Delayed tree mortality and Chinese tallow (Triadica sebifera) population explosion in a Louisiana bottomland hardwood forest following Hurricane Katrina
- Author(s): Henkel, TK
- Chambers, JQ
- Baker, DA
- et al.
Published Web Locationhttps://doi.org/10.1016/j.foreco.2016.07.036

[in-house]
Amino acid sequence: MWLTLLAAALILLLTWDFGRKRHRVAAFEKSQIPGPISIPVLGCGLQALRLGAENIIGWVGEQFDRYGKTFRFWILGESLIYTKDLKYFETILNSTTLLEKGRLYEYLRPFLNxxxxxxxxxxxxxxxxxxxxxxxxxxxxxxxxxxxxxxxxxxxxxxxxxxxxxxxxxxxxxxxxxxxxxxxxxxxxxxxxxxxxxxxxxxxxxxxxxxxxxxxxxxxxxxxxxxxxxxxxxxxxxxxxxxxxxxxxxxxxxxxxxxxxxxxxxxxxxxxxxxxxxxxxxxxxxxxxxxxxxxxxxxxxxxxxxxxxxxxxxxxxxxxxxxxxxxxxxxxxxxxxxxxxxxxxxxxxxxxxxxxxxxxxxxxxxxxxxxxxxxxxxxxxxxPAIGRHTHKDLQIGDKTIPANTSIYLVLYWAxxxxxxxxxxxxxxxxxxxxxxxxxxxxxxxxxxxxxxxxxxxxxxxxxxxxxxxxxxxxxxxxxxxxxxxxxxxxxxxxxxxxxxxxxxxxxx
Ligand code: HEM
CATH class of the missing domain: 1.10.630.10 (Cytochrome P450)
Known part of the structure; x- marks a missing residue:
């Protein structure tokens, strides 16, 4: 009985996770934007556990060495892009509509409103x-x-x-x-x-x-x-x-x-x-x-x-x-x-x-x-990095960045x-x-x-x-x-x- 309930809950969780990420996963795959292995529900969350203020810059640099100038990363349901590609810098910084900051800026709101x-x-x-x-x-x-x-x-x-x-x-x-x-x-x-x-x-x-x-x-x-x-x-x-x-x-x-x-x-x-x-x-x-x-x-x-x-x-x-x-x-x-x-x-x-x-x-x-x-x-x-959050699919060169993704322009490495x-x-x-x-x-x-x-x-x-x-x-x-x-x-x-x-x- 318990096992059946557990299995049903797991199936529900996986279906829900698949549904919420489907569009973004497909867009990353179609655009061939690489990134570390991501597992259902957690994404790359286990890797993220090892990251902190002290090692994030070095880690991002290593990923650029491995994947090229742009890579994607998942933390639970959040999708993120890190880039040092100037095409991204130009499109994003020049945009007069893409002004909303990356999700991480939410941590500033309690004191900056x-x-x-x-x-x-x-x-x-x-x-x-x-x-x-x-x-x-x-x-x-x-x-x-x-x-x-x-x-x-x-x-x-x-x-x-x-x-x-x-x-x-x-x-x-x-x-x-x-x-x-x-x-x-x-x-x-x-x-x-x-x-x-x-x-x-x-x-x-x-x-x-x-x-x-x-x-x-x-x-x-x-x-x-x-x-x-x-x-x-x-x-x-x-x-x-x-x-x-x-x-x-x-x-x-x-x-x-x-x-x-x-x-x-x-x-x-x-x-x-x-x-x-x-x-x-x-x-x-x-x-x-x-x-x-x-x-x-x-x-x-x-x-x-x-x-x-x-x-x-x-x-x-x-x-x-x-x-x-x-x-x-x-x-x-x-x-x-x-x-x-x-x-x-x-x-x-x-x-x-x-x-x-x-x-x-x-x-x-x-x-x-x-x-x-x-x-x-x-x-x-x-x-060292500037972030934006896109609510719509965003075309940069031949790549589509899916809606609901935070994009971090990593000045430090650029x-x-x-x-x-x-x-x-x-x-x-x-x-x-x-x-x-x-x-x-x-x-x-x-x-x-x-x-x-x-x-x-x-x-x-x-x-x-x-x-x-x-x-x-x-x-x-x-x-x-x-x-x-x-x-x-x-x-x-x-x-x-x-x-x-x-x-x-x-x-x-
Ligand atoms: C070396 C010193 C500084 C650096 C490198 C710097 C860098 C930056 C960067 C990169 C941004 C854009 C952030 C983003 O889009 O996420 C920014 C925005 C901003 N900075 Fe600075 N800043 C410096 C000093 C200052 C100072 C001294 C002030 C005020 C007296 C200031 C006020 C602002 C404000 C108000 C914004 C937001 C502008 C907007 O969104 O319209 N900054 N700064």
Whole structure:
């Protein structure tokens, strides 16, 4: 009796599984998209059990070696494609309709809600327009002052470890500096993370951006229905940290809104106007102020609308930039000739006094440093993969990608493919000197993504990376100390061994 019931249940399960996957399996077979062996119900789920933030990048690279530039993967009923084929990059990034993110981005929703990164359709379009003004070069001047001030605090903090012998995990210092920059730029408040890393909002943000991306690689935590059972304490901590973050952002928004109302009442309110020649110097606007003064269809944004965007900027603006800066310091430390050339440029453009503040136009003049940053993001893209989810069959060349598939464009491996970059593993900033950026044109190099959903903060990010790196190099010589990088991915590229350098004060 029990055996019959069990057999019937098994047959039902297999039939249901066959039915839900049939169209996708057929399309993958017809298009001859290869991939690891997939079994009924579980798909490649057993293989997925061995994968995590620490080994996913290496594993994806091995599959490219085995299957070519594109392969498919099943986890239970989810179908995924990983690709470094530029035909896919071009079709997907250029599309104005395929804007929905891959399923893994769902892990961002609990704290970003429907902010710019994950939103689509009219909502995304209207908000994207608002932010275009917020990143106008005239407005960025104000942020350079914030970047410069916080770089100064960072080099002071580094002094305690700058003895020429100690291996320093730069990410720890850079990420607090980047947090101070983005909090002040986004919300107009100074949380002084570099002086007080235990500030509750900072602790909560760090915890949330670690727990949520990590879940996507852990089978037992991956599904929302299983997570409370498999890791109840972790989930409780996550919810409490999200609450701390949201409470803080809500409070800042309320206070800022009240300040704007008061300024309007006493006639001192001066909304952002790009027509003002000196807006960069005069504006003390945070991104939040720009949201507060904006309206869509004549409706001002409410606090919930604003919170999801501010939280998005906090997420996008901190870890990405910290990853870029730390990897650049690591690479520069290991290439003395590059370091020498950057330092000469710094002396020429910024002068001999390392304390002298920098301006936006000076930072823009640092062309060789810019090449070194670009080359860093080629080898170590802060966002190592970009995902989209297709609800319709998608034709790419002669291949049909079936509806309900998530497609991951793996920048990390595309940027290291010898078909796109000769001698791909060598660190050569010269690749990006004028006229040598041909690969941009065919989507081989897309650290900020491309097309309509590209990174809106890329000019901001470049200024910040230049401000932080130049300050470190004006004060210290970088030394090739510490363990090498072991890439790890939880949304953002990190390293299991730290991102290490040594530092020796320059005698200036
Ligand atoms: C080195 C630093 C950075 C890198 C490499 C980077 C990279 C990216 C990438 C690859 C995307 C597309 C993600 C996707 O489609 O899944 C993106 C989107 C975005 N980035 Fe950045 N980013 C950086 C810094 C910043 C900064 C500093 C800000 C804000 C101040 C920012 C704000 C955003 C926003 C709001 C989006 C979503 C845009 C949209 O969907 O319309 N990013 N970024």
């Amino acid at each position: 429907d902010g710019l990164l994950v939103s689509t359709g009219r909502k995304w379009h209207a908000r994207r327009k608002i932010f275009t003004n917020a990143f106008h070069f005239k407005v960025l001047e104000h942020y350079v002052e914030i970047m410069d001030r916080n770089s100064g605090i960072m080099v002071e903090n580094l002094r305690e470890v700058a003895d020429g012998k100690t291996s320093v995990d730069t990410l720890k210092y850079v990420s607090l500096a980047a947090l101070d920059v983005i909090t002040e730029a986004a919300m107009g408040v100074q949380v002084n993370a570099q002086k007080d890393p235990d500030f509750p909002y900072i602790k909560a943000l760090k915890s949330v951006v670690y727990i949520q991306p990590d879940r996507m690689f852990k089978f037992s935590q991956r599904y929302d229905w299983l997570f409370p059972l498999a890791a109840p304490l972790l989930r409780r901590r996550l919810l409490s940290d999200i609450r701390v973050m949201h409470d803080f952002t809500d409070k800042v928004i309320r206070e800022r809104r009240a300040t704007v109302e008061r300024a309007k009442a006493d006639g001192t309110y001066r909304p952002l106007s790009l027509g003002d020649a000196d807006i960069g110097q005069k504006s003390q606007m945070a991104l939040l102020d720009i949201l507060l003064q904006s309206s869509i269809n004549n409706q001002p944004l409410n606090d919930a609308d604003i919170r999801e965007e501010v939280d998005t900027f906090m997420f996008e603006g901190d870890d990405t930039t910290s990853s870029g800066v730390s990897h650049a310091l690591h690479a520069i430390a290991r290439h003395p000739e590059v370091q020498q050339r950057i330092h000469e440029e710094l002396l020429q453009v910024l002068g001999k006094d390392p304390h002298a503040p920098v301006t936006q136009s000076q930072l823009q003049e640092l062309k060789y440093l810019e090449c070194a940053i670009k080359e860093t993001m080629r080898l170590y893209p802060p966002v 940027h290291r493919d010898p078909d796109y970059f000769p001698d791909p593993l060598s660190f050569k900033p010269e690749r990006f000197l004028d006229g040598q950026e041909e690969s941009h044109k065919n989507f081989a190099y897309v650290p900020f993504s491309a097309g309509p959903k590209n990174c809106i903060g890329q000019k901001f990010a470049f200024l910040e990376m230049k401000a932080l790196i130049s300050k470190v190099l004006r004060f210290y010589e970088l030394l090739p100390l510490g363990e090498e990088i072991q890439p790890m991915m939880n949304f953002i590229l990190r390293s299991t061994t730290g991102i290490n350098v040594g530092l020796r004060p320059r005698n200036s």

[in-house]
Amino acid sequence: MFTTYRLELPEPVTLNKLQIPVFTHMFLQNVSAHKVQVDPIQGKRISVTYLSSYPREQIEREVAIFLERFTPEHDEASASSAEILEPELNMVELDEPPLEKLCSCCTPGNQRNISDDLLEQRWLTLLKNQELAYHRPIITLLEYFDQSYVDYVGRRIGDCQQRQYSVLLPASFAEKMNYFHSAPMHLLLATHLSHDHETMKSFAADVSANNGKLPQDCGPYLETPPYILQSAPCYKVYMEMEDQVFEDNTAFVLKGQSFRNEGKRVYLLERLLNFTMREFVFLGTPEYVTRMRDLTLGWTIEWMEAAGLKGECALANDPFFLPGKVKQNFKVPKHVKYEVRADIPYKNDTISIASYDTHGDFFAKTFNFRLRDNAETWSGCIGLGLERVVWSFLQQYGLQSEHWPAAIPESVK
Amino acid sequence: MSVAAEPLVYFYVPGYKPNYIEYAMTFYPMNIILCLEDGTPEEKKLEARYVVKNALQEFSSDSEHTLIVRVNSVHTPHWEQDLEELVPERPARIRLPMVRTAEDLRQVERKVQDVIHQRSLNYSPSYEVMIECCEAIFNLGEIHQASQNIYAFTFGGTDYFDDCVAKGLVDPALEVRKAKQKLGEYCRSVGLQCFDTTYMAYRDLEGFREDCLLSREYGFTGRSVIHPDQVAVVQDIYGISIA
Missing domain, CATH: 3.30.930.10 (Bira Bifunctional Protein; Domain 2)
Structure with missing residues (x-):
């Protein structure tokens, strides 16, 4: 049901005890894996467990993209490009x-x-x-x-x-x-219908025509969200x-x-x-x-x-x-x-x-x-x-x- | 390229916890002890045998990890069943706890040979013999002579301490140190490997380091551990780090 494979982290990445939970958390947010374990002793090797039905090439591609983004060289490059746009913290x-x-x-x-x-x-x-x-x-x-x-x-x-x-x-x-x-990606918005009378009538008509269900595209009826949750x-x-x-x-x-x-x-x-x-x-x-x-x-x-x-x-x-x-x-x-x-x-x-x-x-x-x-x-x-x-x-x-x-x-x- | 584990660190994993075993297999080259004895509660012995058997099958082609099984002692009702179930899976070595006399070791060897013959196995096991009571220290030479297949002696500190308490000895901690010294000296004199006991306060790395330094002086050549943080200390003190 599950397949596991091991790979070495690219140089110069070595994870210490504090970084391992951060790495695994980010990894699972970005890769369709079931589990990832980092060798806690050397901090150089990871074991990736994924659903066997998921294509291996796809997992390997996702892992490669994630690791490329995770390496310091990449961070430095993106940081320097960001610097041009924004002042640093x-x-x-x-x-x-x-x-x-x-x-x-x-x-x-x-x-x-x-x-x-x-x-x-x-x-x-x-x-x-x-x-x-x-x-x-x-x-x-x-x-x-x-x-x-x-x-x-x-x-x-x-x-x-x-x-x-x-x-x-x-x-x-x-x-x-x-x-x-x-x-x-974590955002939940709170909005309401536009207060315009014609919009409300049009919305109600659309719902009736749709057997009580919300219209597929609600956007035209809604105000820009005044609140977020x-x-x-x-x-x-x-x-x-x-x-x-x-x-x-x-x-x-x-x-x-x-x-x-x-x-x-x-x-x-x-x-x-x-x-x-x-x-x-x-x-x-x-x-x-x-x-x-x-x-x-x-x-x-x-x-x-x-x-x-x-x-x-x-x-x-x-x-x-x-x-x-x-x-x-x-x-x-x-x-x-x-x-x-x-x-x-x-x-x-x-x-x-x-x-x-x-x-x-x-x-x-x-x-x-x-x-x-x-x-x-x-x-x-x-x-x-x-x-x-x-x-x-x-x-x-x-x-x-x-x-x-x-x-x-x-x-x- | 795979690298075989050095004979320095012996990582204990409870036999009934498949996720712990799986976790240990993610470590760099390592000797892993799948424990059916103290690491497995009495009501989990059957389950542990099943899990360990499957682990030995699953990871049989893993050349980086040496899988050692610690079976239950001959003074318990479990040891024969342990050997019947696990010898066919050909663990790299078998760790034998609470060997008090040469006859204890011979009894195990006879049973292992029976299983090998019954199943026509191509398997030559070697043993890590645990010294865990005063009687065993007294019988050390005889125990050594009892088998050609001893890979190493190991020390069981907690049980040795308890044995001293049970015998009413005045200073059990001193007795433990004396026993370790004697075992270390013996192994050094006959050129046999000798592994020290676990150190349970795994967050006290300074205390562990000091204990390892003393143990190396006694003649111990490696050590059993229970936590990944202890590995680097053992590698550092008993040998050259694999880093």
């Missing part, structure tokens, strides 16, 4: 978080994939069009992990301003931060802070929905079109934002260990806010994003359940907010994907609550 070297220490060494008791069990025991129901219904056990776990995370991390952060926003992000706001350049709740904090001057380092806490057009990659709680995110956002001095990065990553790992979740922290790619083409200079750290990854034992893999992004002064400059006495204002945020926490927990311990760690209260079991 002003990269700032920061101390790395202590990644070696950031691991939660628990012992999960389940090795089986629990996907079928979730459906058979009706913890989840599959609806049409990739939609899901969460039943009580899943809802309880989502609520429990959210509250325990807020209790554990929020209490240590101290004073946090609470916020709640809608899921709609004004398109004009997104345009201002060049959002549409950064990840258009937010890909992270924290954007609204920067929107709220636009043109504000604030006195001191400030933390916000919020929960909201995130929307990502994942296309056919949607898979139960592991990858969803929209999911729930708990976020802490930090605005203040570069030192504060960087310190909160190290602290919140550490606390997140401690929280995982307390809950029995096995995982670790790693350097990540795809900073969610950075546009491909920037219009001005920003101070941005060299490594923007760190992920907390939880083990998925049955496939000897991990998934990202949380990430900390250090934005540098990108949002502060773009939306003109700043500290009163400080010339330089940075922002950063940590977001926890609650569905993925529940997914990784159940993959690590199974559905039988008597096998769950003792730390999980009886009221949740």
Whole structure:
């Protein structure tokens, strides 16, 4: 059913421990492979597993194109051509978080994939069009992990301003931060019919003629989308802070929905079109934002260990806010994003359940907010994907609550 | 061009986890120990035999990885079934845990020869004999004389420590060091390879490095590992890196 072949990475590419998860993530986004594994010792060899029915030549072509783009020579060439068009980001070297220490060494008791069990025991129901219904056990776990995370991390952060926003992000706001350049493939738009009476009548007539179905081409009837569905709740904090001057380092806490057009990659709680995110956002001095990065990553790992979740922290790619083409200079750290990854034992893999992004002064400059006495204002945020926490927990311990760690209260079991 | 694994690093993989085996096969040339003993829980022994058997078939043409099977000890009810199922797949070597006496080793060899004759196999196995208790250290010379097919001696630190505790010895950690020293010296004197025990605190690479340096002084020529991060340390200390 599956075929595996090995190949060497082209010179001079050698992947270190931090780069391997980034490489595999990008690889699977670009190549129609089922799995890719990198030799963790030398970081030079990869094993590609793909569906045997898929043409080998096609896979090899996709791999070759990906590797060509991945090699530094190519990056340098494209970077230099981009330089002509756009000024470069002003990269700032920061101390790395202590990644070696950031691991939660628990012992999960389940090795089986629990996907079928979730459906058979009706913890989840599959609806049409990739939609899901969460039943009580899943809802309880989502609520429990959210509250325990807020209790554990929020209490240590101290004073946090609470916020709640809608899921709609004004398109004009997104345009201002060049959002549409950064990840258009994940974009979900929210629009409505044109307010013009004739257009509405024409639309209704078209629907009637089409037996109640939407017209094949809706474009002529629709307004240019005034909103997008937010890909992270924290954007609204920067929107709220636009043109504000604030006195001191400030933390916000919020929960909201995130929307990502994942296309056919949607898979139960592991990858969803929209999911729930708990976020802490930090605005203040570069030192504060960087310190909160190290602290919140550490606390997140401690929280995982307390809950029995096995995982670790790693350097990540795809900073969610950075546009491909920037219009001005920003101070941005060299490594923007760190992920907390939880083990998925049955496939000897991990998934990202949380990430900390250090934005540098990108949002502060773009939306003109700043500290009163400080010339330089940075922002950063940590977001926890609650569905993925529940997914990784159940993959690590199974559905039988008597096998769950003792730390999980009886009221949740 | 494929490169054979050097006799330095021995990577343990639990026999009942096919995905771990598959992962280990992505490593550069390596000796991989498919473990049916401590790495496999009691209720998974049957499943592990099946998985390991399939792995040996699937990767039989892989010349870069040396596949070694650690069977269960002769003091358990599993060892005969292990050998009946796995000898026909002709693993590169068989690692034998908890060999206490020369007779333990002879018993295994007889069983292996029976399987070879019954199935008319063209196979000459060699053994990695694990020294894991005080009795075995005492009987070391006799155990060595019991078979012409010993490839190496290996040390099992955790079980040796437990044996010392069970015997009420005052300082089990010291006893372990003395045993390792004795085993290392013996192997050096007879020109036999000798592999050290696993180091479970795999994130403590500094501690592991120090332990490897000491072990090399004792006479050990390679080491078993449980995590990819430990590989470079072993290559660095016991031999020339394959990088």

© 2016 Elsevier B.V. Assessing long-term effects of hurricane damage in bottomland hardwood forests is important to detect any permanent, long lasting changes to the forest. Two 75 × 75 m plots were established in a Louisiana bottomland hardwood forest in 2004 and all adult trees were measured. The plots were resurveyed in 2006 after Hurricane Katrina passed over the plots in 2005, and in 2011, to gain an understanding of mortality over time. Species composition, mortality and biomass change were assessed over the study period from 2004 to 2011. Sweetgum, water oak, and laurel oak were the most important overstory species in 2004, and American holly and American hornbeam were the most important understory species. In the more damaged plot, there was a shift in dominant species as 63 new Chinese tallow individuals recruited into the adult class (>10 cm) between 2004 and 2011. Chinese tallow is an invasive tree species that often out-competes native species in bottomland hardwood forests. Annual mortality in the bottomland hardwood forest plots between 2004 and 2011 was 6% per year, 11% per year from 2004 to 2006 (representing direct hurricane mortality), and 5% between 2006 and 2011 (delayed tree mortality). Approximately 53% of the total biomass (188,000 kg) was lost between 2004 and 2011. A plot in a cypress tupelo forest was added in 2006 and very little damage or mortality was observed. This study revealed that delayed mortality to hurricane-damaged trees is a significant factor in the long-term dynamics of bottomland hardwood forests and represents an amplification of the effects of the hurricane over time. The fact that direct and delayed mortality is different by species indicates that the measurement only of direct mortality can lead to false conclusions about which species are resistant to hurricanes. Hurricane damage opened up new habitat for invasion by Chinese tallow which grew prolifically in highly damaged, low elevation, wet areas, indicating that large disturbances are an important factor in accelerating the population expansion of this invasive species. The high mortality and low recruitment of some species into the sapling and adult layers and the corresponding expansion of Chinese tallow indicates that species composition will differ from pre-hurricane composition for some time in the future.
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